Purging Properties – Ditch the Non Performers
Real Estate Investors are generally optimistic, hardworking, entrepreneurial people. They have the belief that they can do anything, can overcome any challenge, and never give up. These are all great traits to have. Although, there’s one problem with this mindset… Sometimes you don’t realize when a deal has gone bad.
I recommend reviewing the profit and loss of your rental properties monthly or at least once per quarter. If you are in the flip business I hope you’re paying weekly (maybe even daily) attention to your project budget. Last year, after looking at our big picture, we sold our two worst performing rentals. It was a very freeing feeling to ditch the two worst performing properties as they were creating the most stress. It also helped us turn our focus back in the right direction.
The first rental was my former personal residence. It was never intended to be a rental. It just happened to turn into a rental after I met my wife. This property was slightly better than breaking even (the rent covered the mortgage, insurance, and taxes). Although, there wasn’t much left over after paying PITI (principle, interest, taxes, and insurance). This isn’t how I like properties to perform, though. This property was fairly high maintenance. In the long run after factoring in maintenance and rental turn over vacancy, it would have been negative cash flow. So, we sold it. You can read more about this property in our Better Than Renting post.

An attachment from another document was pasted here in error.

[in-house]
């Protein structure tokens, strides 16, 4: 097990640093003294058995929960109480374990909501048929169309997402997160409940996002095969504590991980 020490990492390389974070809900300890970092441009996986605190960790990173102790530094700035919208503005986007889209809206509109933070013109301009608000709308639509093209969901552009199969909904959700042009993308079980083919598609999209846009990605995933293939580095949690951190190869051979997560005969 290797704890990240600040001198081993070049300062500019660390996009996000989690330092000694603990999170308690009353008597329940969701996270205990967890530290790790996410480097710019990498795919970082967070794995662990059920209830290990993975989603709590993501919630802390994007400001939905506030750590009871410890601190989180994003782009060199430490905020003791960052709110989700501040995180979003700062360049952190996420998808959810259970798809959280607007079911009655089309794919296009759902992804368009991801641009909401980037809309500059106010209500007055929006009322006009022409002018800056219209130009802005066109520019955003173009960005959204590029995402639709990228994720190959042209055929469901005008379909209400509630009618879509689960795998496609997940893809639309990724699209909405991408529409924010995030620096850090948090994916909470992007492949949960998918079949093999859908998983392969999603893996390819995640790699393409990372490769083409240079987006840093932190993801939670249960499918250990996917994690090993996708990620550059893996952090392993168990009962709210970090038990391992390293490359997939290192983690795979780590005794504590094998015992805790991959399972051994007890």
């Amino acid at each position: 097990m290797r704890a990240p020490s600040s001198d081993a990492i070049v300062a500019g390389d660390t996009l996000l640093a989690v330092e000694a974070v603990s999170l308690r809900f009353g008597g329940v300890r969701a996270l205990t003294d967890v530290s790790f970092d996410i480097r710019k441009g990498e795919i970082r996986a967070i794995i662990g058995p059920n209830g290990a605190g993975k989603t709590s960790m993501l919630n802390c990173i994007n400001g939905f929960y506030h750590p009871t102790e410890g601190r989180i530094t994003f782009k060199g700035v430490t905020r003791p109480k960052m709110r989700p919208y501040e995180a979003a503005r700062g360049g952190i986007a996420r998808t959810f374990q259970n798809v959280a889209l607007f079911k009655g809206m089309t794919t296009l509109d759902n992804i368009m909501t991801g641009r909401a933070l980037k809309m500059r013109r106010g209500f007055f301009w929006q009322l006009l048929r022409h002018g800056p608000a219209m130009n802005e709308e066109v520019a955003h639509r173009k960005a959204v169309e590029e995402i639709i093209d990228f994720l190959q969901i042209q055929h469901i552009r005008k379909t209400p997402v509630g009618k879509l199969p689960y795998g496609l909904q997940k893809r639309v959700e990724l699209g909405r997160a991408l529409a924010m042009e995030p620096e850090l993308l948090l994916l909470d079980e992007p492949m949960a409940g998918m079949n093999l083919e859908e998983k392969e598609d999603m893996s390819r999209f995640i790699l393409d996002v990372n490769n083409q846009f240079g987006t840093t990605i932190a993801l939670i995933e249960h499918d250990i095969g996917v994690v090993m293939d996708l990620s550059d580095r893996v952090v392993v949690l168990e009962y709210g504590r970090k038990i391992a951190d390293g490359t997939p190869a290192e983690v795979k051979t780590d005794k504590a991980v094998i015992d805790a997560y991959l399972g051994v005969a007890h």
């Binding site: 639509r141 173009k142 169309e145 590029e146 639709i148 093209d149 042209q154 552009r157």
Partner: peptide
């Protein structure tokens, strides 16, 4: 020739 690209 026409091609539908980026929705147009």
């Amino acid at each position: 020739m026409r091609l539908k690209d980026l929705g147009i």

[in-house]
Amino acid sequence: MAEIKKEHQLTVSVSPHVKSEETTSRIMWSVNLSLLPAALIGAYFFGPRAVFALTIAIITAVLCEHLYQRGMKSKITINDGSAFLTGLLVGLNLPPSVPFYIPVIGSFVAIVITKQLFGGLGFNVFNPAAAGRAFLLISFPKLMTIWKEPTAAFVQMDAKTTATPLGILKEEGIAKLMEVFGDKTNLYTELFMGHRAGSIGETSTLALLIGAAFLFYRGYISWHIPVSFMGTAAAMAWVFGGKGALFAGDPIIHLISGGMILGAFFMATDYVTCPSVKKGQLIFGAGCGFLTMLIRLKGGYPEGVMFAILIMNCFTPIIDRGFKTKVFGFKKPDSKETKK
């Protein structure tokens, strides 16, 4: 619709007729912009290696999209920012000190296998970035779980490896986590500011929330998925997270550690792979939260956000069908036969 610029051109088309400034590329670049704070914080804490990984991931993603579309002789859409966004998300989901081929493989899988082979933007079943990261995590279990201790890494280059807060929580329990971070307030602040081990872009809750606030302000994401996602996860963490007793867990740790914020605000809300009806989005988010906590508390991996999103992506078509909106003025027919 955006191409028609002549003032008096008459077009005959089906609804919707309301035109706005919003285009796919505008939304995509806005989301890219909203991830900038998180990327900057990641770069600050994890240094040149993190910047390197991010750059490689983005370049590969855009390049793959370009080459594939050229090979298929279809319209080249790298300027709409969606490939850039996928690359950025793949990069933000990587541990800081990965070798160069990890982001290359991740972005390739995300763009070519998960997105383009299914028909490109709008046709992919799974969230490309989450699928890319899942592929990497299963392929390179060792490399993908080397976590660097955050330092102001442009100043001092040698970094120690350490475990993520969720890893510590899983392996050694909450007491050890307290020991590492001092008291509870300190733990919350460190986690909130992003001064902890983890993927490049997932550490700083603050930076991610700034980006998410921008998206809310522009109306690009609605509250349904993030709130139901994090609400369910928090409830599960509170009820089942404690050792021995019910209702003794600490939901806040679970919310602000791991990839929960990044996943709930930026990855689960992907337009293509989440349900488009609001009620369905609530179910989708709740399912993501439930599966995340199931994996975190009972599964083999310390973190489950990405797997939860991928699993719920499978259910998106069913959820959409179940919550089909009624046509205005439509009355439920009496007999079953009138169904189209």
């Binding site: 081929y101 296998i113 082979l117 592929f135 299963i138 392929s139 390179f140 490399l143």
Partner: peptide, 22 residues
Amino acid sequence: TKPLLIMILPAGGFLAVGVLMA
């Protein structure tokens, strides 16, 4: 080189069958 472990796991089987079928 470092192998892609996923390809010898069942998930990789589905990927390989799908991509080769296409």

The second property was our Indianapolis rental house. By the numbers (rent vs payment) it should have been the best performing property we had. However, this one was a nightmare. You can read more about this one in our posts Lesson Learned – No More Long Distance Landlording and Why I Fired My Property Manager. Too make a long story short though… My property manager was horrible, my tenants were horrible. I couldn’t keep a good handle on the place from a distance, it was a daily stress, and I held on too long trying to make it work. So, that one went bye bye too.
My point is if you have properties that aren’t working out the way you would expect, analyze the situation, and seriously think about if they are worth keeping. Look at it from a sunk cost analysis perspective. Ask yourself, if I didn’t already own this property, would I buy it again for what it’s currently worth. If the answer is no, sell it. Consider that getting rid of the non-performers can free up resources, time, energy, and focus for other things that are more important. Sometimes you have to ditch that “I can do it” mentality, swallow your pride, and realize it didn’t work out the way you thought it would. You’ll feel the relief by doing so! You will also regain your focus.